Martin O'Hagan: Photo Kevin Cooper

Martin O’Hagan: Photo Kevin Cooper

Last week I wrote about the case of NUJ colleague Martin O’Hagan, shot dead by the LVF in Lurgan in September 2001. We remembered him and other journalists who had been killed in the course of their work during the IFJ Congress at Dublin Castle. In January the Northern Ireland Director of Public Prosecutions Barra McGrory announced there was to be no prosecution regarding his killing.

Yesterday in Belfast (June 11th) there was an interesting development when, according to a BBC report, also carried on the RTÉ 6:01 news and on UTV, Mr McGrory revealed that the Public Prosecution Service has referred the case of  Neil Hyde back to court amid allegations that he did not tell the “full truth” in his dealings with the authorities. In January last year Hyde signed a contract with them under the Serious Organised Crime and Police Act to become an “assisting offender”.

The loyalist supergrass testified against those allegedly responsible for murdering the Sunday World journalist. In return, his 18-year sentence was reduced to three years. He pleaded guilty to 48 offences, including drug dealing, arson, possession of firearms and withholding information in connection with Mr O’Hagan’s murder.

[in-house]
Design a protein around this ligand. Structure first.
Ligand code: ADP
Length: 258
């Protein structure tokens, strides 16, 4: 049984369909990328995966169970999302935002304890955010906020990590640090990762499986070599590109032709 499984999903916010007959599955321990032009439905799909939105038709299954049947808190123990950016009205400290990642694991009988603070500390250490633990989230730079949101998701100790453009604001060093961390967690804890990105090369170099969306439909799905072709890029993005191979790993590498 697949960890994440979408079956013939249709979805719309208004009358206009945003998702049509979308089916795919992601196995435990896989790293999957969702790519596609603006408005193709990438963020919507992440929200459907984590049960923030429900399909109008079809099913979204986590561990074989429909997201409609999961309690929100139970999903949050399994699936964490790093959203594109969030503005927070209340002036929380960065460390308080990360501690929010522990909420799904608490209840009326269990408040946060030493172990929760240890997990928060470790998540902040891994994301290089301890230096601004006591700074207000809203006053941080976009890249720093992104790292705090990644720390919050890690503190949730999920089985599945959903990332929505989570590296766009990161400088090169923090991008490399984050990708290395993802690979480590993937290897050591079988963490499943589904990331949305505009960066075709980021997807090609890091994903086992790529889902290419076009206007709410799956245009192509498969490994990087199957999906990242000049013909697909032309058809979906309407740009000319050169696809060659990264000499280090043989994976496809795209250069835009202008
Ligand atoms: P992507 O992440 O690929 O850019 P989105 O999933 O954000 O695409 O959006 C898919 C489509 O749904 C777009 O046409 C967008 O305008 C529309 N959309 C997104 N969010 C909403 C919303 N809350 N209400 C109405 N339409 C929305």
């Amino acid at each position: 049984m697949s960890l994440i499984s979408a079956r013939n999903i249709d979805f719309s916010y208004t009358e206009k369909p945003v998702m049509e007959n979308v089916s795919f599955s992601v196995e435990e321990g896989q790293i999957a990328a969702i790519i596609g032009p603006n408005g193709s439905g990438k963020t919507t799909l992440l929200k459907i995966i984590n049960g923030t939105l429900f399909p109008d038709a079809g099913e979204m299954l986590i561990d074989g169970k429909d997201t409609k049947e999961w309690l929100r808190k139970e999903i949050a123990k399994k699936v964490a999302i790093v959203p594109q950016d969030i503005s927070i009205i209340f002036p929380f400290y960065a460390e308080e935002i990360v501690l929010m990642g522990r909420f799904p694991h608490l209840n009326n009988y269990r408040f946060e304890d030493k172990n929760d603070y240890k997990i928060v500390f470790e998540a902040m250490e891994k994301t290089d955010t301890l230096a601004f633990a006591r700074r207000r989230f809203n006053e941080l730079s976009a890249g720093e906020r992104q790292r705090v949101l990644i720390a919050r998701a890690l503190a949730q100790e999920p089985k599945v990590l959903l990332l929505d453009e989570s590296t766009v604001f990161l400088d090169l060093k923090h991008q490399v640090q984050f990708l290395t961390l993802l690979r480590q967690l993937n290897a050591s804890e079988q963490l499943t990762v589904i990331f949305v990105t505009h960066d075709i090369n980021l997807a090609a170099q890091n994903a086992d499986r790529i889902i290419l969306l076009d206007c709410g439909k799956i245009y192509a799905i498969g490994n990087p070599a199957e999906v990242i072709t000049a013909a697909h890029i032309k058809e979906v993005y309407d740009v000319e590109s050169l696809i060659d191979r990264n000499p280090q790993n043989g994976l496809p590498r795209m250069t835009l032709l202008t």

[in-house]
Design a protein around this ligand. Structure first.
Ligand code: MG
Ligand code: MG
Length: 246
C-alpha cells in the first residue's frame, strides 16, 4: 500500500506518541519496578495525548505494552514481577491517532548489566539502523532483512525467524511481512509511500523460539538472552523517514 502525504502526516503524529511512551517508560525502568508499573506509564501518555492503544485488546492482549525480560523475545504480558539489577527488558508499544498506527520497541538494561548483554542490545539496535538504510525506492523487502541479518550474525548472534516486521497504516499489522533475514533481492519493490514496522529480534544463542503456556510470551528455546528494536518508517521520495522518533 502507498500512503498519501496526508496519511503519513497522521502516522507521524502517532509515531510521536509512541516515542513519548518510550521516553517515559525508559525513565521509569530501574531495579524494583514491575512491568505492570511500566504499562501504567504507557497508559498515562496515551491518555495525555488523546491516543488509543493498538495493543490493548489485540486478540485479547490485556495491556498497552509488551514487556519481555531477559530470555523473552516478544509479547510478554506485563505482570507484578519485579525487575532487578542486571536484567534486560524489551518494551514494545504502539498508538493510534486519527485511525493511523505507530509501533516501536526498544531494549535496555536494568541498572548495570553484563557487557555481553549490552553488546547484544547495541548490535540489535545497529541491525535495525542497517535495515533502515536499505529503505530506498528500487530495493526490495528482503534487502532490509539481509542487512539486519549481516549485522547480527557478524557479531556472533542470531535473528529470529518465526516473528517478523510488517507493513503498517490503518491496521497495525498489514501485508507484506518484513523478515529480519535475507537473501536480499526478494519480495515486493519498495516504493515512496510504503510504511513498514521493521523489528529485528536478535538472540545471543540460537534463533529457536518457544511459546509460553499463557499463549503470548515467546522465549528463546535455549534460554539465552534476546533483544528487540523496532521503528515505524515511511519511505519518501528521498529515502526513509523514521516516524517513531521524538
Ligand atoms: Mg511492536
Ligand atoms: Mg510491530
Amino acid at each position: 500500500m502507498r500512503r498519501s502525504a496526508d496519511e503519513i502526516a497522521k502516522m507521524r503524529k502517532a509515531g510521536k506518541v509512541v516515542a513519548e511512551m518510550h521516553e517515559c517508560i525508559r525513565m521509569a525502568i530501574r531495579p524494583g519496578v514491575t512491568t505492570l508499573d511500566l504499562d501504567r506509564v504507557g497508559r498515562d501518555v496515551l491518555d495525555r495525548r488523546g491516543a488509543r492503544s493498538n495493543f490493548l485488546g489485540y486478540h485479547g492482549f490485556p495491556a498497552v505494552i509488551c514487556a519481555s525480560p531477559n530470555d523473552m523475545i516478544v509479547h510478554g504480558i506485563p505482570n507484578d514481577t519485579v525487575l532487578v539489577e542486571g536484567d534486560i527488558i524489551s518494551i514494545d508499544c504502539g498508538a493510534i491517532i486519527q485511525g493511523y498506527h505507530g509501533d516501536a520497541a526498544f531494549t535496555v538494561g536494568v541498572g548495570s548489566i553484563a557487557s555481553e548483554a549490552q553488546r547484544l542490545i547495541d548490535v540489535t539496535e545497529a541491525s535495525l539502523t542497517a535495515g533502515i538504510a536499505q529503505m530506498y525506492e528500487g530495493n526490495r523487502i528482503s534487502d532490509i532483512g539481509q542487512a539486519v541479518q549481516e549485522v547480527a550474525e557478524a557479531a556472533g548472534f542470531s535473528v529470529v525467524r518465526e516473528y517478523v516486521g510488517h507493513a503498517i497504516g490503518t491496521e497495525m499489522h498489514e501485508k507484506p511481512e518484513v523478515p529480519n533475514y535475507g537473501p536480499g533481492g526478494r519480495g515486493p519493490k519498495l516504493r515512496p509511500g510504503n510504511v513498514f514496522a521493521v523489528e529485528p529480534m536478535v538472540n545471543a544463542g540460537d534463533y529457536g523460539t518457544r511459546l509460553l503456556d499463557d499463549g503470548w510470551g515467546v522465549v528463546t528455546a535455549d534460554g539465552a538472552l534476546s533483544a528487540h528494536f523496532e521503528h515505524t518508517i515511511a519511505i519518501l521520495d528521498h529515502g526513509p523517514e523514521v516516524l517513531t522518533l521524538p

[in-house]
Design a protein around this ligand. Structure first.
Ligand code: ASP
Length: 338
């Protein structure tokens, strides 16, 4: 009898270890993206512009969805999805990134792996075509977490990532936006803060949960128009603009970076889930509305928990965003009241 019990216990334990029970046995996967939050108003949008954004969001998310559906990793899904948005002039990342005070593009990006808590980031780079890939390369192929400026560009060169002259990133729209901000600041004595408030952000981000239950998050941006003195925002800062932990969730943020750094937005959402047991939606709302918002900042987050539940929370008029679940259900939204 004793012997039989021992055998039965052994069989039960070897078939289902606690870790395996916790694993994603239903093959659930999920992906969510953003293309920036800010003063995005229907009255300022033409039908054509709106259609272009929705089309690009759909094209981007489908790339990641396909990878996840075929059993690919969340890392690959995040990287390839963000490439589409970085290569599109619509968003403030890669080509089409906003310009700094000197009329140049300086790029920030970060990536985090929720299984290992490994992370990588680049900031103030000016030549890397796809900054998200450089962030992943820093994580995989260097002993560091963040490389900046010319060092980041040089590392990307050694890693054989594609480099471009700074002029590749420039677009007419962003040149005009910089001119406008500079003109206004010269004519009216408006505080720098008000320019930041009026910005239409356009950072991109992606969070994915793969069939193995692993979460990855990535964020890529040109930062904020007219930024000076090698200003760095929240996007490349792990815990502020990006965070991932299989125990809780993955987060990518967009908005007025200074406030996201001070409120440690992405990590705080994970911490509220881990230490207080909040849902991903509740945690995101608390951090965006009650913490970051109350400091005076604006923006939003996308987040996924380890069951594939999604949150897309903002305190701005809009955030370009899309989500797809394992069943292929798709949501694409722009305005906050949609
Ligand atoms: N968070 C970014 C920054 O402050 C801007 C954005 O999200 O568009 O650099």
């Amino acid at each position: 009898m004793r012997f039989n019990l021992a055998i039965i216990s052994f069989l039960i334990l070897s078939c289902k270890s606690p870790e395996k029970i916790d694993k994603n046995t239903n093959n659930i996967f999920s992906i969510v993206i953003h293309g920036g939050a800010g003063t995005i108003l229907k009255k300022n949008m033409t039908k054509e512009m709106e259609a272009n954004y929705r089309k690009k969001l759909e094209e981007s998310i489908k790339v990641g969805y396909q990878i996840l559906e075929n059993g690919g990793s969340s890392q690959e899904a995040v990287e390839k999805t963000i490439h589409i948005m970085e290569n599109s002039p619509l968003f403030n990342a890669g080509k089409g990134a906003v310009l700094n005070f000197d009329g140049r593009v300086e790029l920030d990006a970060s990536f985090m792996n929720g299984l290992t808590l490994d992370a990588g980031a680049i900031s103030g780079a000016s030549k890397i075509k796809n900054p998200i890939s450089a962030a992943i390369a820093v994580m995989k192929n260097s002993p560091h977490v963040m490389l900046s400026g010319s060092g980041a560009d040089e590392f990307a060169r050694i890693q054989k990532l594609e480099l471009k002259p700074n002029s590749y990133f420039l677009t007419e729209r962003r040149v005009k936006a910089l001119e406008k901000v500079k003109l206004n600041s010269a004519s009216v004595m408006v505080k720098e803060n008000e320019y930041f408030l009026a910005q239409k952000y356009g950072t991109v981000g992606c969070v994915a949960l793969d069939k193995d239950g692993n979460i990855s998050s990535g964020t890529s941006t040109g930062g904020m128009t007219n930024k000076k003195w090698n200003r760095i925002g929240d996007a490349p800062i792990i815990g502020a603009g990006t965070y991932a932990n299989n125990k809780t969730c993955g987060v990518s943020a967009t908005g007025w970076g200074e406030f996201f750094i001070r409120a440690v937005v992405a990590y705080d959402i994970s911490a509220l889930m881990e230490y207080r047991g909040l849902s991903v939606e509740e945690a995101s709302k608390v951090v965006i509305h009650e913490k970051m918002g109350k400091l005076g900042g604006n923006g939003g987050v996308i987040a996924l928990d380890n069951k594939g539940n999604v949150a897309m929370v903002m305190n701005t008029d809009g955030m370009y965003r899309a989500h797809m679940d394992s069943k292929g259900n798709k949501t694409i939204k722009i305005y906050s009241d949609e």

Mr McGrory told a news conference there was sufficient evidence that Hyde had knowingly breached the terms of his agreement. He added: “It’s in the interests of justice that the case be referred back to the original sentencing court.” Papers have been lodged and a judge will decide later this year whether Hyde broke his agreement and will review his sentence. It is believed to be the first time in the UK that a case of this type has been referred back to court.



nujlogo_burgundyThe announcement by the Director of Public Prosecutions in Northern Ireland that there will be no prosecution in the case of the killing of NUJ member and former Belfast Branch Secretary Martin O’Hagan is extremely disappointing and has been criticised by the union. I can understand the reaction of his family. His brother Fintan, quoted by BBC NI, said there was a witness who wanted to tell a court who killed Martin, yet the Public Prosecution Service was depriving that witness the opportunity of telling the court his account and further depriving the court of the opportunity to consider the truthfulness or otherwise of that evidence and depriving the family, and indeed the public, of the opportunity to see justice in action. “Justice needs not just to be done, it needs to be seen to be done”, he added.    PPSNI